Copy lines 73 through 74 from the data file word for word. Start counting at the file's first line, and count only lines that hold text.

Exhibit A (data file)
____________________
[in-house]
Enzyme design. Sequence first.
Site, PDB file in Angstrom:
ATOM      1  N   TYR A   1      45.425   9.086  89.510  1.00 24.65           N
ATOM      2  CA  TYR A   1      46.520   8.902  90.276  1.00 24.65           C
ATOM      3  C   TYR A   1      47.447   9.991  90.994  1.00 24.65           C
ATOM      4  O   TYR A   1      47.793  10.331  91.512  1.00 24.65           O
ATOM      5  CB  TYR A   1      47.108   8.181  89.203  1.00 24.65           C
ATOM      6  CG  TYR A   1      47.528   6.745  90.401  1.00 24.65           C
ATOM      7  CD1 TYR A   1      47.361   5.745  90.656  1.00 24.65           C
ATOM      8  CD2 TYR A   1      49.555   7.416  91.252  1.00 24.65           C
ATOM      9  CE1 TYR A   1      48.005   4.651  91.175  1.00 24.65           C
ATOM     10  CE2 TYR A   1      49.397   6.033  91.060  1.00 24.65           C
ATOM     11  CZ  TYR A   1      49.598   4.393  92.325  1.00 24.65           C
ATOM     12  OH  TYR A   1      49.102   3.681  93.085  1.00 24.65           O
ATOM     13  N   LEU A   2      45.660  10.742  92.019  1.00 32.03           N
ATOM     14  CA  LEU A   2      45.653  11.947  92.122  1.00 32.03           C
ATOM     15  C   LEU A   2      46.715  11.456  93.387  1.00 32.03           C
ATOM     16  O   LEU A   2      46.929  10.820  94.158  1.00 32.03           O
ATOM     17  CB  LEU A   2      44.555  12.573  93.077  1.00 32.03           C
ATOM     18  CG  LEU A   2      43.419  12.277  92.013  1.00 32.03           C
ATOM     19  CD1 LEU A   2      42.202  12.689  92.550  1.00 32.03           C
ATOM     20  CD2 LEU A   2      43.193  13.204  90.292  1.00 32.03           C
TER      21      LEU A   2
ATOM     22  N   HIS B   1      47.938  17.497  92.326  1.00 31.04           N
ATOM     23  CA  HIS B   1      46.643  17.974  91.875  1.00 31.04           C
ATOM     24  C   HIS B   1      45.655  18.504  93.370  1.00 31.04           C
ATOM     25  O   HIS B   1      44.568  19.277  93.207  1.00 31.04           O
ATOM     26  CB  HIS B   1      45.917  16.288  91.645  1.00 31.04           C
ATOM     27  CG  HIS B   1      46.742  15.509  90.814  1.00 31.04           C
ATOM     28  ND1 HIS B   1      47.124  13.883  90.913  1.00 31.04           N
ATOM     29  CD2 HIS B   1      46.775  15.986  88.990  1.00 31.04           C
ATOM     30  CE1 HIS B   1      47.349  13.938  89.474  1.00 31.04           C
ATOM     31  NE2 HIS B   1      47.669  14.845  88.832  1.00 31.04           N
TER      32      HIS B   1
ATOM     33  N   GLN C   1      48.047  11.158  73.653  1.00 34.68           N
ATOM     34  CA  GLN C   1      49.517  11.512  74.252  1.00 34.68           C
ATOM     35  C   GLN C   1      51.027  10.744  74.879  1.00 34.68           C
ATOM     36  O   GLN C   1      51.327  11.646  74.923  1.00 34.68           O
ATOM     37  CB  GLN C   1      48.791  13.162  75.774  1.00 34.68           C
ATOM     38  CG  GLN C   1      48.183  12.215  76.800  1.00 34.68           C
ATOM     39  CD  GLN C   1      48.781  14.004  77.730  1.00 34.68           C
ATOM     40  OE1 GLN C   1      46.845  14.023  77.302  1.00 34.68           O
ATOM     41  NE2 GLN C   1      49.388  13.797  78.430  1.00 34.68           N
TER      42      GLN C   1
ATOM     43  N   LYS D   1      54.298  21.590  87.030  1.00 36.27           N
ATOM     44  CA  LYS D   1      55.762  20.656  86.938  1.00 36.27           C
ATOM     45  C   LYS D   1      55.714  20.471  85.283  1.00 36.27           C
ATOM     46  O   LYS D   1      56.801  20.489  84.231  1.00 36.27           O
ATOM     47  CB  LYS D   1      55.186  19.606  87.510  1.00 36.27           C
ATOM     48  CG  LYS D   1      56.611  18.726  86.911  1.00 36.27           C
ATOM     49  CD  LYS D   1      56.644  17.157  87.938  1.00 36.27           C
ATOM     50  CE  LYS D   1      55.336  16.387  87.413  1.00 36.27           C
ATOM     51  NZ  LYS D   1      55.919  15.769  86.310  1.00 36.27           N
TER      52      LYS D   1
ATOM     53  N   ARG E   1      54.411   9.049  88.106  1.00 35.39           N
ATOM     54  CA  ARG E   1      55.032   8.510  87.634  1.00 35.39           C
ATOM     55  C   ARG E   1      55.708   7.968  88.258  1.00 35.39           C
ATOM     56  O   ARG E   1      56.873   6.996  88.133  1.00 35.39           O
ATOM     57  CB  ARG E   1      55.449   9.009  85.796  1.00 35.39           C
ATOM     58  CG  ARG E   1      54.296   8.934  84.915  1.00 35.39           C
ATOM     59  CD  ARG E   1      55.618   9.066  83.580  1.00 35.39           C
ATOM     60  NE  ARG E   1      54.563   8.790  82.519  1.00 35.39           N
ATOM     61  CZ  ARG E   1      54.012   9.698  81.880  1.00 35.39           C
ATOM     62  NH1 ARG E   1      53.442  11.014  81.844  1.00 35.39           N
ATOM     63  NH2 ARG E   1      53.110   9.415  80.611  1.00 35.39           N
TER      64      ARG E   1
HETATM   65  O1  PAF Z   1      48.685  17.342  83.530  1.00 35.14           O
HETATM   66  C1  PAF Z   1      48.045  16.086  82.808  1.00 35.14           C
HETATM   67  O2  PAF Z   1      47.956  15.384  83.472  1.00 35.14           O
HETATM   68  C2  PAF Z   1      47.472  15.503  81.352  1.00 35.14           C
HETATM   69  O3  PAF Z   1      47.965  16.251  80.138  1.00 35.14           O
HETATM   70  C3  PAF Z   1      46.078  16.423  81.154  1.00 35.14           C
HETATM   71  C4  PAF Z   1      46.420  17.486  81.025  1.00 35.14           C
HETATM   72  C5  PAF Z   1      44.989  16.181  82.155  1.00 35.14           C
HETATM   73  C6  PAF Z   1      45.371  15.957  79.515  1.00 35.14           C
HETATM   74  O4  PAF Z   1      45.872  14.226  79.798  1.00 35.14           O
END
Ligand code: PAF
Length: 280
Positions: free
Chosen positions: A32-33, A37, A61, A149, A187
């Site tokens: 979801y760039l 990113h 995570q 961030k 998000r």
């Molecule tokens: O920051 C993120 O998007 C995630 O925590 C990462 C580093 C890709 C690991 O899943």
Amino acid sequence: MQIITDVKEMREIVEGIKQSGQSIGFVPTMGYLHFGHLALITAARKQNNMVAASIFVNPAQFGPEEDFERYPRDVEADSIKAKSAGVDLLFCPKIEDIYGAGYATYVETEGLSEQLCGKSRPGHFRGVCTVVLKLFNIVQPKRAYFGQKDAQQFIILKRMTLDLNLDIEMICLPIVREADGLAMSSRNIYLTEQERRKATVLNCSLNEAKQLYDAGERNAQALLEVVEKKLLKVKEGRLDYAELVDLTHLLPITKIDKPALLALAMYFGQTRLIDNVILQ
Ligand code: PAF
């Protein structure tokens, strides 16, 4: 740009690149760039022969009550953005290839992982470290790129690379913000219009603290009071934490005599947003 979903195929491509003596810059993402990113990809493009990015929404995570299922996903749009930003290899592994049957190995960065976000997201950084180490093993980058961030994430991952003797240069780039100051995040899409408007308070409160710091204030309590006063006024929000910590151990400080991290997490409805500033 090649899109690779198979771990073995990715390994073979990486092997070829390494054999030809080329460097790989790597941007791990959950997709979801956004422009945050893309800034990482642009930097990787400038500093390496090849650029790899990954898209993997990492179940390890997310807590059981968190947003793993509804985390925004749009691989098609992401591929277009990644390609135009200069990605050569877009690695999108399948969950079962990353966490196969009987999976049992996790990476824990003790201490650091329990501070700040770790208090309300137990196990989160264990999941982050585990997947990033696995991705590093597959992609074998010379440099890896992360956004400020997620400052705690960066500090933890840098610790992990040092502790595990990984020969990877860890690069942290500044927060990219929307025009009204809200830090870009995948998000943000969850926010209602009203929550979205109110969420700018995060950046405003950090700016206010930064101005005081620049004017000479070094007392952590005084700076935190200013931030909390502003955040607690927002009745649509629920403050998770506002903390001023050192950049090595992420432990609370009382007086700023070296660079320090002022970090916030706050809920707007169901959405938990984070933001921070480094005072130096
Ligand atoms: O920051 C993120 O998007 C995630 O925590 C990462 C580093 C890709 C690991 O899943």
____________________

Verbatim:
HETATM   70  C3  PAF Z   1      46.078  16.423  81.154  1.00 35.14           C
HETATM   71  C4  PAF Z   1      46.420  17.486  81.025  1.00 35.14           C